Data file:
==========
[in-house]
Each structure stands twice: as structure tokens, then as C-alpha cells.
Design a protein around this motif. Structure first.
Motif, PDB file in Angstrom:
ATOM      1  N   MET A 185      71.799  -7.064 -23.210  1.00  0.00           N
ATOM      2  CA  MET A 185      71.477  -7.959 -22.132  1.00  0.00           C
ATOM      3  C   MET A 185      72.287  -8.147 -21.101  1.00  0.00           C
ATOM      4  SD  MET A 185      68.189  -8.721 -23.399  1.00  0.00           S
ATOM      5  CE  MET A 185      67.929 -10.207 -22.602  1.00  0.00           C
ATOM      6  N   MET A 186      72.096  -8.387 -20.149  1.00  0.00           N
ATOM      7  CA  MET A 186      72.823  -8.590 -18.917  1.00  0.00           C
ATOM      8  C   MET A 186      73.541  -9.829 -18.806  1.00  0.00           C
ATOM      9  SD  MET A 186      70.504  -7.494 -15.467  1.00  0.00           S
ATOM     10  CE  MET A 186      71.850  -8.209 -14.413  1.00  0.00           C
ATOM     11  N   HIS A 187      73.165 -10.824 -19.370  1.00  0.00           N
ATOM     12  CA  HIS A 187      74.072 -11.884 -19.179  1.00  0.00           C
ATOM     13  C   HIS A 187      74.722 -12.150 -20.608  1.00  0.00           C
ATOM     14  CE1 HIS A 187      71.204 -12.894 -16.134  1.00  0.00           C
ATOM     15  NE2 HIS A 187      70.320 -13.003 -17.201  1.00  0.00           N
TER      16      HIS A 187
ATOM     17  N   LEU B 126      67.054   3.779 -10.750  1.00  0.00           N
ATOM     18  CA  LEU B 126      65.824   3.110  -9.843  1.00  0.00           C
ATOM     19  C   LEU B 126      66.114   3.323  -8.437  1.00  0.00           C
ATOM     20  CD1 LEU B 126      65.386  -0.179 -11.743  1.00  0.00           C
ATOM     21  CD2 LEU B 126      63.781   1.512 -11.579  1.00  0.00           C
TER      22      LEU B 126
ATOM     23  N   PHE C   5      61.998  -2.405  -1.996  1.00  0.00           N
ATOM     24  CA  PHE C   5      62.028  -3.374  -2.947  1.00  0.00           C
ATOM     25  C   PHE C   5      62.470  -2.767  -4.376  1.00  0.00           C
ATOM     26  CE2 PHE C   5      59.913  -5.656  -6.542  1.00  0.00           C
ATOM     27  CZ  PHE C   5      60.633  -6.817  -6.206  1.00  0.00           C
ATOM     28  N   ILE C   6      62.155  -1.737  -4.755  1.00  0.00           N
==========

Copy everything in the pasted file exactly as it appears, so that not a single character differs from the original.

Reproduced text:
[in-house]
Each structure stands twice: as structure tokens, then as C-alpha cells.
Design a protein around this motif. Structure first.
Motif, PDB file in Angstrom:
ATOM      1  N   MET A 185      71.799  -7.064 -23.210  1.00  0.00           N
ATOM      2  CA  MET A 185      71.477  -7.959 -22.132  1.00  0.00           C
ATOM      3  C   MET A 185      72.287  -8.147 -21.101  1.00  0.00           C
ATOM      4  SD  MET A 185      68.189  -8.721 -23.399  1.00  0.00           S
ATOM      5  CE  MET A 185      67.929 -10.207 -22.602  1.00  0.00           C
ATOM      6  N   MET A 186      72.096  -8.387 -20.149  1.00  0.00           N
ATOM      7  CA  MET A 186      72.823  -8.590 -18.917  1.00  0.00           C
ATOM      8  C   MET A 186      73.541  -9.829 -18.806  1.00  0.00           C
ATOM      9  SD  MET A 186      70.504  -7.494 -15.467  1.00  0.00           S
ATOM     10  CE  MET A 186      71.850  -8.209 -14.413  1.00  0.00           C
ATOM     11  N   HIS A 187      73.165 -10.824 -19.370  1.00  0.00           N
ATOM     12  CA  HIS A 187      74.072 -11.884 -19.179  1.00  0.00           C
ATOM     13  C   HIS A 187      74.722 -12.150 -20.608  1.00  0.00           C
ATOM     14  CE1 HIS A 187      71.204 -12.894 -16.134  1.00  0.00           C
ATOM     15  NE2 HIS A 187      70.320 -13.003 -17.201  1.00  0.00           N
TER      16      HIS A 187
ATOM     17  N   LEU B 126      67.054   3.779 -10.750  1.00  0.00           N
ATOM     18  CA  LEU B 126      65.824   3.110  -9.843  1.00  0.00           C
ATOM     19  C   LEU B 126      66.114   3.323  -8.437  1.00  0.00           C
ATOM     20  CD1 LEU B 126      65.386  -0.179 -11.743  1.00  0.00           C
ATOM     21  CD2 LEU B 126      63.781   1.512 -11.579  1.00  0.00           C
TER      22      LEU B 126
ATOM     23  N   PHE C   5      61.998  -2.405  -1.996  1.00  0.00           N
ATOM     24  CA  PHE C   5      62.028  -3.374  -2.947  1.00  0.00           C
ATOM     25  C   PHE C   5      62.470  -2.767  -4.376  1.00  0.00           C
ATOM     26  CE2 PHE C   5      59.913  -5.656  -6.542  1.00  0.00           C
ATOM     27  CZ  PHE C   5      60.633  -6.817  -6.206  1.00  0.00           C
ATOM     28  N   ILE C   6      62.155  -1.737  -4.755  1.00  0.00           N